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Barnes v. Lolling

Court of Appeals of Illinois, Third District

June 27, 2017

JERRY L. BARNES Plaintiff-Appellant,
v.
DANIEL R. LOLLING and UNITED CONTRACTORS MIDWEST, INC., Defendants-Appellees.

         Appeal from the Circuit Court of the 9th Judicial Circuit, Fulton County, Illinois Circuit No. 13 L 18 The Honorable Steven R. Bordner, Judge, Presiding.

          PRESIDING JUSTICE HOLDRIDGE delivered the judgment of the court, with opinion. Justices McDade and Schmidt concurred in the judgment and opinion.

          OPINION

          HOLDRIDGE, PRESIDING JUSTICE

         ¶ 1 Plaintiff Jerry L. Barnes, a former bankruptcy debtor, sued defendants Daniel R. Lolling (Lolling) and his employer, United Contractors Midwest, Inc. (United Contractors), for personal injuries Barnes allegedly sustained during an automobile accident. The accident took place on October 7, 2011, after Barnes had filed her Chapter 13 bankruptcy petition and while the bankruptcy proceeding was pending. Barnes did not disclose her potential cause of action against the defendants to the bankruptcy trustee or schedule the cause of action as an asset of the bankruptcy estate. Barnes filed the instant personal injury claim on October 7, 2013, two years after the accident and approximately five months after the bankruptcy court had discharged Barnes's debts and closed the bankruptcy case.

         ¶ 2 The defendants moved for summary judgment, arguing that: (1) Barnes's personal injury claim was barred under the doctrine of judicial estoppel because Barnes failed to disclose the claim during the bankruptcy proceedings; and (2) Barnes lacked standing to sue because the personal injury action accrued while the bankruptcy case was pending and was therefore the property of the bankruptcy estate. The trial court ruled that the elements of judicial estoppel had been met and granted summary judgment for the defendants on that basis. This appeal followed.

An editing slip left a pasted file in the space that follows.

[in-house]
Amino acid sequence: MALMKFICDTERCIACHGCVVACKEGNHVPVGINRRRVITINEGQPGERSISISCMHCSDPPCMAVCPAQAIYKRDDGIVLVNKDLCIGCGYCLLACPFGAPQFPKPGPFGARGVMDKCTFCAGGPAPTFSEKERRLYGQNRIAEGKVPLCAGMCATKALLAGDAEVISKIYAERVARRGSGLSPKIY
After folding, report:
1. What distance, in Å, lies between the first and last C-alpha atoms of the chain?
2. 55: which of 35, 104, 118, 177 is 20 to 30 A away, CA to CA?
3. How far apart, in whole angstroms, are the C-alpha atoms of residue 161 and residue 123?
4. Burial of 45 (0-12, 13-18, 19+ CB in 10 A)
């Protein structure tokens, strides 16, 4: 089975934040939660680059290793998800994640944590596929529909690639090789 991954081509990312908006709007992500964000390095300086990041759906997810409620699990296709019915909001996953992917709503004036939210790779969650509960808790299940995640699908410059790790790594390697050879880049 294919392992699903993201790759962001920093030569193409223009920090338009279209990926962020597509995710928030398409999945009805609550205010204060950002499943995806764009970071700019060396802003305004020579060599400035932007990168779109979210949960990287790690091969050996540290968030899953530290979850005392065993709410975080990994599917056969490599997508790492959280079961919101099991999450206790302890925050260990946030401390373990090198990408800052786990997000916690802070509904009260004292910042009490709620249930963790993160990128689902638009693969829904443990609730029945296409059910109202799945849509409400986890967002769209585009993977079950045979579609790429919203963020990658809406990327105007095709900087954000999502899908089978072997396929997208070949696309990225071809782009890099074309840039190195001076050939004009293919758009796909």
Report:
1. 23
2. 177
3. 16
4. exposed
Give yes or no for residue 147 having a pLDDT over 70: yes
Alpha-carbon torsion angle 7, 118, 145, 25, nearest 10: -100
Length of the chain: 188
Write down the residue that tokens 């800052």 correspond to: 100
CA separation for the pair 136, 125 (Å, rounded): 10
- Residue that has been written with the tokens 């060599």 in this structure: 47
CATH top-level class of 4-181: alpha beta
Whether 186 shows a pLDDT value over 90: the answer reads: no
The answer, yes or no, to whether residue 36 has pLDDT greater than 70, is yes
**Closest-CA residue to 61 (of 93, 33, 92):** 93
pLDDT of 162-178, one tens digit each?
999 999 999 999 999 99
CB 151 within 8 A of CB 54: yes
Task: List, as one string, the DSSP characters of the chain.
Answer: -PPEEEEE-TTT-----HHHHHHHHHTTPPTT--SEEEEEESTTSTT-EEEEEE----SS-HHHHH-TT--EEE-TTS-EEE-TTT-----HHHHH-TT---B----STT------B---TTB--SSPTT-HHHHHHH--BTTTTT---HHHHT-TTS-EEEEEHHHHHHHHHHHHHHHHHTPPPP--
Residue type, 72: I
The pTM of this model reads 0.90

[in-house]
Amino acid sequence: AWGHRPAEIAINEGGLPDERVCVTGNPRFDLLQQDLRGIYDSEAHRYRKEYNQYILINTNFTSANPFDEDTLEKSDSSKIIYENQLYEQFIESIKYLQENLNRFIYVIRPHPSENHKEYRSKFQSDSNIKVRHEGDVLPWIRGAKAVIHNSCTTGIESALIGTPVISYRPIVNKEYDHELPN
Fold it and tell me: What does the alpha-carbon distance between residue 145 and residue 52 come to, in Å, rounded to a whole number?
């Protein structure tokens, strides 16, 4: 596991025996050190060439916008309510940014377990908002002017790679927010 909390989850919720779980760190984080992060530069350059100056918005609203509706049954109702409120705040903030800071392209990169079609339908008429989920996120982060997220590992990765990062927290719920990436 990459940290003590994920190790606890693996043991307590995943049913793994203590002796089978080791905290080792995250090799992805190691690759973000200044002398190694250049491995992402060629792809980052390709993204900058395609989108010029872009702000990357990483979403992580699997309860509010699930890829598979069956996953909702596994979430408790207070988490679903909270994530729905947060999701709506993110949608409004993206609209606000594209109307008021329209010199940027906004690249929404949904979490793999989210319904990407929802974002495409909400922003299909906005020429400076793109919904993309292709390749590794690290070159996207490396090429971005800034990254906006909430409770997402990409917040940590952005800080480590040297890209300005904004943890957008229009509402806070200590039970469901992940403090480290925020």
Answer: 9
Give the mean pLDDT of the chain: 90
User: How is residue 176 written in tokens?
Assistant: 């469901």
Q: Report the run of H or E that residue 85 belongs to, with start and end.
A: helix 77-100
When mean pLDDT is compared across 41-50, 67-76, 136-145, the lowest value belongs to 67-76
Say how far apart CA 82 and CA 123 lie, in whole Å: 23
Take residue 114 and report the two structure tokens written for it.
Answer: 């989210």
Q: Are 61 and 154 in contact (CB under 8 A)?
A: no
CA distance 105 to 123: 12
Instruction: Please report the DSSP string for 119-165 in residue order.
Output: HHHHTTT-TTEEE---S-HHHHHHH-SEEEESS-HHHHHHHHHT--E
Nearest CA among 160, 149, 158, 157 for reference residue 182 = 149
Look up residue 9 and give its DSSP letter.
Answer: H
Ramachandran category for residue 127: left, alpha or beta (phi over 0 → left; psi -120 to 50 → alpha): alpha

¶ 3 FACTS

         ¶ 4 On February 8, 2008, Barnes and her husband filed for Chapter 13 bankruptcy protection to resolve their personal and business debt. Barnes completed an individual debtor petition in her name and provided all the required information. She appeared in bankruptcy court on only one occasion at the beginning of the case. Sometime in 2008, the bankruptcy court placed Barnes and her husband on a five-year debt repayment plan. Barnes and her husband made payments of $500 per month under the plan until they received a discharge from bankruptcy on April 11, 2013. During that five-year period, Barnes did not file any bankruptcy pleadings, seek any modifications to the repayment plan, or inform the bankruptcy court of any new assets, liabilities, or diminished earnings.

         ¶ 5 The bankruptcy court discharged Barnes's debt and closed the bankruptcy case in April 2013. The Trustee's Final Report and Account showed that, over a period of approximately five years, Barnes paid a total of $30, 000 to her creditors. Barnes had $92, 164.70 in unsecured debt discharged in bankruptcy.